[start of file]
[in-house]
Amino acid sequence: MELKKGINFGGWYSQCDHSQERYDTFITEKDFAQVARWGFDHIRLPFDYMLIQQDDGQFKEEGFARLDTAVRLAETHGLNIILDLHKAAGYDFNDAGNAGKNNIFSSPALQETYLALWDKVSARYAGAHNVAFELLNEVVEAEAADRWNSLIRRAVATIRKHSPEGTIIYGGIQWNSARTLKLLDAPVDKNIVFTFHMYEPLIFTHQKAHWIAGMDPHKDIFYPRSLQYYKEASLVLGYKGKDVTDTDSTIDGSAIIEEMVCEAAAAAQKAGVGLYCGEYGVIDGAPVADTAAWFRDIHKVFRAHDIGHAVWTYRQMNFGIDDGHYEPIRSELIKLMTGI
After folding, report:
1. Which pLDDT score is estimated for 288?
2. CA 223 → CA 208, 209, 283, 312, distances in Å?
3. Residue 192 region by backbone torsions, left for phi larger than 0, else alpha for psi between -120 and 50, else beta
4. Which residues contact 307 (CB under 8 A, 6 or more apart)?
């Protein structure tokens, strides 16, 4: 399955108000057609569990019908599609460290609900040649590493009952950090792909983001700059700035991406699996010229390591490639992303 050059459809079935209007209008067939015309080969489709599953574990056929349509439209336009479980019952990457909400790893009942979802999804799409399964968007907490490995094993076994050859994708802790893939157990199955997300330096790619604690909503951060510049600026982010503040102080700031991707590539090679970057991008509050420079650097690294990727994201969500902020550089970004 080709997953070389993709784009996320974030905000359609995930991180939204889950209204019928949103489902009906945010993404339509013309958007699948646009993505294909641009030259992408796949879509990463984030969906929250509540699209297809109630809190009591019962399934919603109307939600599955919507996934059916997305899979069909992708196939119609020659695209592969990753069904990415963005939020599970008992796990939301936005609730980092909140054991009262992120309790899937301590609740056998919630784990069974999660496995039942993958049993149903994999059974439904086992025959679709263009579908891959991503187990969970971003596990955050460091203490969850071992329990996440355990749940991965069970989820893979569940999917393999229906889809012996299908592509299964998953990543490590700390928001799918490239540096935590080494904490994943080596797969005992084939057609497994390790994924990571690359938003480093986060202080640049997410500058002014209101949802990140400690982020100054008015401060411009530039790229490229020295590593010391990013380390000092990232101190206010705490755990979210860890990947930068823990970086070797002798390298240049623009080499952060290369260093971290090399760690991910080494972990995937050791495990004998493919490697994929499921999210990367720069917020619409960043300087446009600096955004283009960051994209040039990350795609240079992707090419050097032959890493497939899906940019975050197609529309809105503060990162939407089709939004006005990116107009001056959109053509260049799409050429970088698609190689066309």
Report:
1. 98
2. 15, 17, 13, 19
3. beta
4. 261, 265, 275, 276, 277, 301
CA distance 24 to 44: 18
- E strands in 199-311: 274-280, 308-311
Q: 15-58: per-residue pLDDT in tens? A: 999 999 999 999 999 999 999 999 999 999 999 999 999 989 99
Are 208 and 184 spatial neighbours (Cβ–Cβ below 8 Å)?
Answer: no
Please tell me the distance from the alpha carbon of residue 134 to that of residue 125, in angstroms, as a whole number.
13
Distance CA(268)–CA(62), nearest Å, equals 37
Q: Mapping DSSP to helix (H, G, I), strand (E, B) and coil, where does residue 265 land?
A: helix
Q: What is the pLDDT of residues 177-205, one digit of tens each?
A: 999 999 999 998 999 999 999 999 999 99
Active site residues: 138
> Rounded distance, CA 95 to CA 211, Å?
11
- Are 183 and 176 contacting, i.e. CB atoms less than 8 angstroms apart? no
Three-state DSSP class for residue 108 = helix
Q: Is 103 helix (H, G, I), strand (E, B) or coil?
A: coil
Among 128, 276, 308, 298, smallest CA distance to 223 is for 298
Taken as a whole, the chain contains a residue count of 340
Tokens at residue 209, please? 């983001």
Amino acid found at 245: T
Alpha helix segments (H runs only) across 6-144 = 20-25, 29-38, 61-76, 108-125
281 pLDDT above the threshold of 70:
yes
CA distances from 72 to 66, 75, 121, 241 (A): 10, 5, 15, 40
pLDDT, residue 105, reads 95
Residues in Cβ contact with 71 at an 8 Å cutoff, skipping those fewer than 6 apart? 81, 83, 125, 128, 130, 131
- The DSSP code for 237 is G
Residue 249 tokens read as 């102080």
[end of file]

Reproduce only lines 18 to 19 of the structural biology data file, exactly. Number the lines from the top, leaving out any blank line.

Answer: no
Please tell me the distance from the alpha carbon of residue 134 to that of residue 125, in angstroms, as a whole number.